My fascination with spinning wheels started as a young child with the story of Sleeping Beauty. How could a spindle hold so much power? Ok, I missed the point of the story, but I was four! The allure of spinning fiber into something usable fascinated me into adulthood and I started collecting antique spinning wheels from all over the world. We now have more than 15 wheels in our house. I’m glad Maleficent didn’t use an elephant to cast the evil spell.
The fiber used in our handspun yarn comes from a variety of different sources; everything from raw sheep and llama fleeces, to combing our German Angora rabbit for added softness. Quality llama fleeces are direct from our friends at Equisea Farms in Barhamsville, Virginia. Check the link below for available fleeces and rovings from Equisea Farms.
While I sometimes will dye the yarn, I usually sell it in its natural color – the variety of subtle tones in natural fiber is amazing. Our yarn is suitable for most knitting and crochet projects. The yarn has been washed and the spin ‘set’. Use standard TLC for wool items.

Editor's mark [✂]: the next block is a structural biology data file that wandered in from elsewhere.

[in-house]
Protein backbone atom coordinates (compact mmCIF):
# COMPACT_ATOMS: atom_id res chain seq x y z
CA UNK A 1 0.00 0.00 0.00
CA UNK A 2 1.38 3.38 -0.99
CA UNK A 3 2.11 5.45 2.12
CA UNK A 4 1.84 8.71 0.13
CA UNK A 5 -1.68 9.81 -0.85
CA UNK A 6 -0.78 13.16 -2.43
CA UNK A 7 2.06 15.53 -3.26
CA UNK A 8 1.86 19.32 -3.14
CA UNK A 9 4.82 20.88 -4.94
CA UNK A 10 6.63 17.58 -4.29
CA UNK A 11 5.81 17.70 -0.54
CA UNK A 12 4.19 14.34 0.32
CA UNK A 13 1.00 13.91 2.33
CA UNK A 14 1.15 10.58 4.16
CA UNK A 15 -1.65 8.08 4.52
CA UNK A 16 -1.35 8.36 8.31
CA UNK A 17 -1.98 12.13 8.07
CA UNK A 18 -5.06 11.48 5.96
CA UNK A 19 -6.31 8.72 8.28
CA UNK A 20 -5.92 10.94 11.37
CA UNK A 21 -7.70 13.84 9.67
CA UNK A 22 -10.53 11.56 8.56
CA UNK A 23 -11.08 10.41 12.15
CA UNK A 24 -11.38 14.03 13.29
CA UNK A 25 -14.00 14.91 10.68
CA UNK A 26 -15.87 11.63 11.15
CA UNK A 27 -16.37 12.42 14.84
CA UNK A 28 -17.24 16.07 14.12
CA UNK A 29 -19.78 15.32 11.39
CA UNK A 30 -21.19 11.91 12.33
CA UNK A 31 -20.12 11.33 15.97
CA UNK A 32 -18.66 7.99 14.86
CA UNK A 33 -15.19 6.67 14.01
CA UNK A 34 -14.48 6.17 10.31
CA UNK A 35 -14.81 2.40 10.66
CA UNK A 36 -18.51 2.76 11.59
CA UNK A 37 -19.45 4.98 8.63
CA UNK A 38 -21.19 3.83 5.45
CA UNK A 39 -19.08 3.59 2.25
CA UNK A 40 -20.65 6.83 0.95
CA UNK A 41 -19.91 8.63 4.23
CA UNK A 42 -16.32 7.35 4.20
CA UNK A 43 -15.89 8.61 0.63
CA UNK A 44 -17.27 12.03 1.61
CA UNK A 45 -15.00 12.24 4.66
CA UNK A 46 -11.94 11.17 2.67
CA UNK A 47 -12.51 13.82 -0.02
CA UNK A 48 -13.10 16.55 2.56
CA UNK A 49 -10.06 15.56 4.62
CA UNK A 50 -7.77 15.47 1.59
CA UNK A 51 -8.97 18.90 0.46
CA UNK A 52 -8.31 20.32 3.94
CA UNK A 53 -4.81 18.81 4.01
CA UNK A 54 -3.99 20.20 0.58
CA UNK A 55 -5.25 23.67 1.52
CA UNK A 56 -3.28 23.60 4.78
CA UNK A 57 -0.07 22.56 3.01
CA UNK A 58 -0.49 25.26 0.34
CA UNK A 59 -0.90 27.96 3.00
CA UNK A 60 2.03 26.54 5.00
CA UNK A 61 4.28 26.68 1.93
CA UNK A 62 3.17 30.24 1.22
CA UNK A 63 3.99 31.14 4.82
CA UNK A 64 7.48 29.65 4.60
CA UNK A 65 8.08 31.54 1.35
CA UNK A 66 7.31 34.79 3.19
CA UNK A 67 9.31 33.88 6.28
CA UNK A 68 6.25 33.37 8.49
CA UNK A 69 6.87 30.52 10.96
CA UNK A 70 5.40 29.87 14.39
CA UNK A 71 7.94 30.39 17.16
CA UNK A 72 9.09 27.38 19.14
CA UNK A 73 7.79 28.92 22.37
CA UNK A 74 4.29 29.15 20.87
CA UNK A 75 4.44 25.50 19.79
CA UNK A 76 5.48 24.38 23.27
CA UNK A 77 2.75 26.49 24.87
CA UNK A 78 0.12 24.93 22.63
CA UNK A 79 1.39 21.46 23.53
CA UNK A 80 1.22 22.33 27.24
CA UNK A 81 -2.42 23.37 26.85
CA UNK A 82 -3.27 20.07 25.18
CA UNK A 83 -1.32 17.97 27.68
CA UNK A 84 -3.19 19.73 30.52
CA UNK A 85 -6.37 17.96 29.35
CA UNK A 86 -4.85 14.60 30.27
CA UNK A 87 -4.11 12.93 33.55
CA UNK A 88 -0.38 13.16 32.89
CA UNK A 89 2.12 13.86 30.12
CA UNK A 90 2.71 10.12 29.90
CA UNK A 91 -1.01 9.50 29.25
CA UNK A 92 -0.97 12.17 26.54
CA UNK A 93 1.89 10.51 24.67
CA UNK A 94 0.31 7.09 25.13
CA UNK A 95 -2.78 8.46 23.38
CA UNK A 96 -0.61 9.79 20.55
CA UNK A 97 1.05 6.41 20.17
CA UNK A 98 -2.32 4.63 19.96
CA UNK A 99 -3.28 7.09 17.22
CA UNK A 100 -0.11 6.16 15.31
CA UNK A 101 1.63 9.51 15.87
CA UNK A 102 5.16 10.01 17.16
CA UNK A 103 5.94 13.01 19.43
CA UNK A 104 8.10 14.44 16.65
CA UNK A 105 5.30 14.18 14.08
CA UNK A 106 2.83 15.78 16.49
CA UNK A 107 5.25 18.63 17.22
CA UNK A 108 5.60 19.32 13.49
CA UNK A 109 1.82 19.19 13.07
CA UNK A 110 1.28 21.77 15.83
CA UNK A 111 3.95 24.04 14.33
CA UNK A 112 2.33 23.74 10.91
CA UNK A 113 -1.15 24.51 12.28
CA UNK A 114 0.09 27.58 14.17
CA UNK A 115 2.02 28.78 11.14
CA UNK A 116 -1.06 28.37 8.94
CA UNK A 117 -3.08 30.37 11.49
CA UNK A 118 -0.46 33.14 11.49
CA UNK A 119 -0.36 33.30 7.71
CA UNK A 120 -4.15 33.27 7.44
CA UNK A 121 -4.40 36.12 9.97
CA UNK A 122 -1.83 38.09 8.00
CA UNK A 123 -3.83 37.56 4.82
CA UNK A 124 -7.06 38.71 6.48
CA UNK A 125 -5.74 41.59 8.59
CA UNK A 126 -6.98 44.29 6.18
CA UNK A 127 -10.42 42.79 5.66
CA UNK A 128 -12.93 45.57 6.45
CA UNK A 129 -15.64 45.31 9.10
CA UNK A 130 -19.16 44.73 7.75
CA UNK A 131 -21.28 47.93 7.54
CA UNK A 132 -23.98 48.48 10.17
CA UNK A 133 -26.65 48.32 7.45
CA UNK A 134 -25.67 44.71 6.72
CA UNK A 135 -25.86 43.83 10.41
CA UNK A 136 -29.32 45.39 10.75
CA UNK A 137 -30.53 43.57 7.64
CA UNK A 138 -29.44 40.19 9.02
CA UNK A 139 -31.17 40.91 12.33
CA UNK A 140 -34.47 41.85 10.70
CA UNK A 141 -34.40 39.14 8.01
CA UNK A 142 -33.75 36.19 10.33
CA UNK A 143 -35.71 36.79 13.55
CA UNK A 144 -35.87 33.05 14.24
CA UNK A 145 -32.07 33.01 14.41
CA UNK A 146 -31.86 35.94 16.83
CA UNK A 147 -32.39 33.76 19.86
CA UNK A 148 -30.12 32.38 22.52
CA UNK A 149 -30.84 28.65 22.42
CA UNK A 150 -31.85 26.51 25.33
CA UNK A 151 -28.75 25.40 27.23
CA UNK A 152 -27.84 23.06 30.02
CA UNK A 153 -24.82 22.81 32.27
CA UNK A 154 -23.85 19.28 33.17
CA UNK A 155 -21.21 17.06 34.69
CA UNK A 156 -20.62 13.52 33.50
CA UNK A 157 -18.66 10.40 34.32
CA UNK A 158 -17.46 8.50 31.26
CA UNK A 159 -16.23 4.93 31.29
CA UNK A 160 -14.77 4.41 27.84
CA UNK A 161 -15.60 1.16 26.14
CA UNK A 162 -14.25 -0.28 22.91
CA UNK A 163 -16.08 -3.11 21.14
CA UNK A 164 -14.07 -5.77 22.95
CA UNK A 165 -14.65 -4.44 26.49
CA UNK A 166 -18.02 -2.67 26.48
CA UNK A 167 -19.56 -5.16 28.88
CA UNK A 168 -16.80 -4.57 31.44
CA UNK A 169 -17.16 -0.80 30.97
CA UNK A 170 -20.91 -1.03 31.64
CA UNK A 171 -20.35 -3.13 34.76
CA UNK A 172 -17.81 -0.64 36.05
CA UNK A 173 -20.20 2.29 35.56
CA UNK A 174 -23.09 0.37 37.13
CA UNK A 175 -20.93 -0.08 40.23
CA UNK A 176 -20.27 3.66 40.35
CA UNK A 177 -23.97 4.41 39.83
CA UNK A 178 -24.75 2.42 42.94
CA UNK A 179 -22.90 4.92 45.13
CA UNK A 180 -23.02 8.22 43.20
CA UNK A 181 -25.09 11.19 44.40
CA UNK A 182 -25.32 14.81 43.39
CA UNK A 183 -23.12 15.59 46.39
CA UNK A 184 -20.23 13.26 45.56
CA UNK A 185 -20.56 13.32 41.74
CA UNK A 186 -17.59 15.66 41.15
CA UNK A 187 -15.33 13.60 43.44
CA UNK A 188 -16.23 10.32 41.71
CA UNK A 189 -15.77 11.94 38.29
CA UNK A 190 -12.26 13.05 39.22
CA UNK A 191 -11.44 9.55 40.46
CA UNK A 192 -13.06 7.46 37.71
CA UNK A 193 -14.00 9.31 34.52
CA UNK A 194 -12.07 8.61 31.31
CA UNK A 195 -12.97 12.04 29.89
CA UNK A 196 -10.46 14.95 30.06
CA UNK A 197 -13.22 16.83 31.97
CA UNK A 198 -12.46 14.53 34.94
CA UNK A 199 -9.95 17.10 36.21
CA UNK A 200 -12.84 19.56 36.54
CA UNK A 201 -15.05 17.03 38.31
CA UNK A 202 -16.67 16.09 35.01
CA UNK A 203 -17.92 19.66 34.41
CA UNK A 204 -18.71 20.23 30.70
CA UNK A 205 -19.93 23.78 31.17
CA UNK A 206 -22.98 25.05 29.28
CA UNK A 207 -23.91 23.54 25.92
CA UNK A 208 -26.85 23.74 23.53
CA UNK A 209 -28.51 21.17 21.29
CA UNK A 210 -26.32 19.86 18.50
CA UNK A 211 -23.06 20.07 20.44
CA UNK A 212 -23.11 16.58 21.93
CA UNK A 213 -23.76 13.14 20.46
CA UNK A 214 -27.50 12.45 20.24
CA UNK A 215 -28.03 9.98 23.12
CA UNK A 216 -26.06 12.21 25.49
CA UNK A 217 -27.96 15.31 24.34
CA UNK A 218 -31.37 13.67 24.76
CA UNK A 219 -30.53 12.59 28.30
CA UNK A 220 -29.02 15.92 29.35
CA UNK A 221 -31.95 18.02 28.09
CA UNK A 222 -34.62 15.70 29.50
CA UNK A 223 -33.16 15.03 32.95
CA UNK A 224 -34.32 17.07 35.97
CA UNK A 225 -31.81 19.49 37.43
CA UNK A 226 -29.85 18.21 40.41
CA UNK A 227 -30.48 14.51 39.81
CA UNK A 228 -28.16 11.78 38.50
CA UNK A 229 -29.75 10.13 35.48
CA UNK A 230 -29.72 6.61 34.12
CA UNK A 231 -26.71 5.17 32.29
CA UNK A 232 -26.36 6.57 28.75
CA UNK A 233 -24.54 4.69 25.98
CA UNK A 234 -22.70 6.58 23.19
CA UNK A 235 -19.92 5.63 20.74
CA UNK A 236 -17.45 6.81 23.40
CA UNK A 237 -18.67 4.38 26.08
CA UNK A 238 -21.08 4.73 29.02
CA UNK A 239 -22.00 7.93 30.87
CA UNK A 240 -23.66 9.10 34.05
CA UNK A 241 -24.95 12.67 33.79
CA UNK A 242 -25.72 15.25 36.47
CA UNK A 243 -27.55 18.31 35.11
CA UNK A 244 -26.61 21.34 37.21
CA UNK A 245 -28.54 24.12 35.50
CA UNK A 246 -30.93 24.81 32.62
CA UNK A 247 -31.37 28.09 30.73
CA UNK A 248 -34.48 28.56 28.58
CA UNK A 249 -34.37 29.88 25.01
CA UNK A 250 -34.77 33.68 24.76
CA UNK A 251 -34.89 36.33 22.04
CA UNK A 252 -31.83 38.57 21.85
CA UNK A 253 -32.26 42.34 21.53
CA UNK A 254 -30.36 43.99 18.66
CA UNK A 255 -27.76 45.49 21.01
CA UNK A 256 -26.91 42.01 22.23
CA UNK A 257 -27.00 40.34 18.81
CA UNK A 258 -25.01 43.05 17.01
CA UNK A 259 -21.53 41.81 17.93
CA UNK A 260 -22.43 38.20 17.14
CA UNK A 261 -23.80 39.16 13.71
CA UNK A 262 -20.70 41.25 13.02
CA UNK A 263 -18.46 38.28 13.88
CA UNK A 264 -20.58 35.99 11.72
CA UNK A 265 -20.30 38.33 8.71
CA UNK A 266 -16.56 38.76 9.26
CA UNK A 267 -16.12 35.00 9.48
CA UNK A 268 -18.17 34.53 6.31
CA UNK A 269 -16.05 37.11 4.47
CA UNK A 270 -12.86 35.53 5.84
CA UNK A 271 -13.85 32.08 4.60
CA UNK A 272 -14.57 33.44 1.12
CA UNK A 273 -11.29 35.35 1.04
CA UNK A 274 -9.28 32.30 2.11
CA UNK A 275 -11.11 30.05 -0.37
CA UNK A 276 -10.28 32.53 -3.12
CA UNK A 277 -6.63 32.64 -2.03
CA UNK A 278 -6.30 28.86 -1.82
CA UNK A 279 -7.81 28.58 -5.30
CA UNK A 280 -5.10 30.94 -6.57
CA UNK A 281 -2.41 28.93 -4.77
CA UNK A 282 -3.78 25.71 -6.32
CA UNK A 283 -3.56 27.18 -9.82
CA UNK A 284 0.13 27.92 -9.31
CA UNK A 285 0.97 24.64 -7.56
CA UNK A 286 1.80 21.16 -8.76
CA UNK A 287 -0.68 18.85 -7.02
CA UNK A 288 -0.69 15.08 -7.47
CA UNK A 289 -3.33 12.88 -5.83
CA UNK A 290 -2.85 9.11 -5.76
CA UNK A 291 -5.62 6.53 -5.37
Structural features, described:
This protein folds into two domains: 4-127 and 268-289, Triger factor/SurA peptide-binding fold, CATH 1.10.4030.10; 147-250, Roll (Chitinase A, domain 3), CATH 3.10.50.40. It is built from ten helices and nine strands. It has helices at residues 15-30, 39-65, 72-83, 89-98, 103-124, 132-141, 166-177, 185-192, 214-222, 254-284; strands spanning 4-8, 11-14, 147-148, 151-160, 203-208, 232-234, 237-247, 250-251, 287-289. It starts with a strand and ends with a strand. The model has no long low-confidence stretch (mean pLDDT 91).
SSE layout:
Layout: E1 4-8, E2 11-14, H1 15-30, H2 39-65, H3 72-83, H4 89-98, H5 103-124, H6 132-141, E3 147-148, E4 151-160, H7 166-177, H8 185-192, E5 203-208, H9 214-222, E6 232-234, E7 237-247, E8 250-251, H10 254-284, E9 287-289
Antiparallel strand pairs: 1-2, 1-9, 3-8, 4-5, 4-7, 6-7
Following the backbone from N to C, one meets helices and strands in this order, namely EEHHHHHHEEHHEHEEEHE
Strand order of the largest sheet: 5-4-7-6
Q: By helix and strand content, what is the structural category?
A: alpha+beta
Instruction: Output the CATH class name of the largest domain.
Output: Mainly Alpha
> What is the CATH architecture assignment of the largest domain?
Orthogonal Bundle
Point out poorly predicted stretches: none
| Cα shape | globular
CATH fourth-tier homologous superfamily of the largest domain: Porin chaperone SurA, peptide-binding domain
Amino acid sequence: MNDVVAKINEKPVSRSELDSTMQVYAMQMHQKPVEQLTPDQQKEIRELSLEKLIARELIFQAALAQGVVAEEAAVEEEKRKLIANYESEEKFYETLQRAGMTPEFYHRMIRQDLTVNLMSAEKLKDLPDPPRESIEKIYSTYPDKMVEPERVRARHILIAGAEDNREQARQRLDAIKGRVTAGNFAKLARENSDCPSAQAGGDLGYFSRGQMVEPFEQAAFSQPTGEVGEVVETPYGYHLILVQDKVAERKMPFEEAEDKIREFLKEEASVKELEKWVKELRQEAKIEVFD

Check our Yarn and Fiber page for a list of hand-spun yarns and available fiber.
Interested in learning to spin? Take lessons. Click to learn more about our hand spinning lesson program.
Imagine my surprise when my husband purchased a 1940s Sabina Folding Loom for me for Christmas. This beautiful antique is still a workhorse, producing beautiful woven products.
It’s amazing how much time goes into simply warping the loom (that means wrapping the warp beam with the thread or yarn required for the project, threading each and every thread through its own heddle, and then through the reed and tying it to the front of the loom). After just a few projects, I can understand why pioneers that made their own fabric only had one or two outfits. I truly have a new respect for hand-woven goods.
From time to time, woven items will be available on our Yarn and Fiber page for your consideration.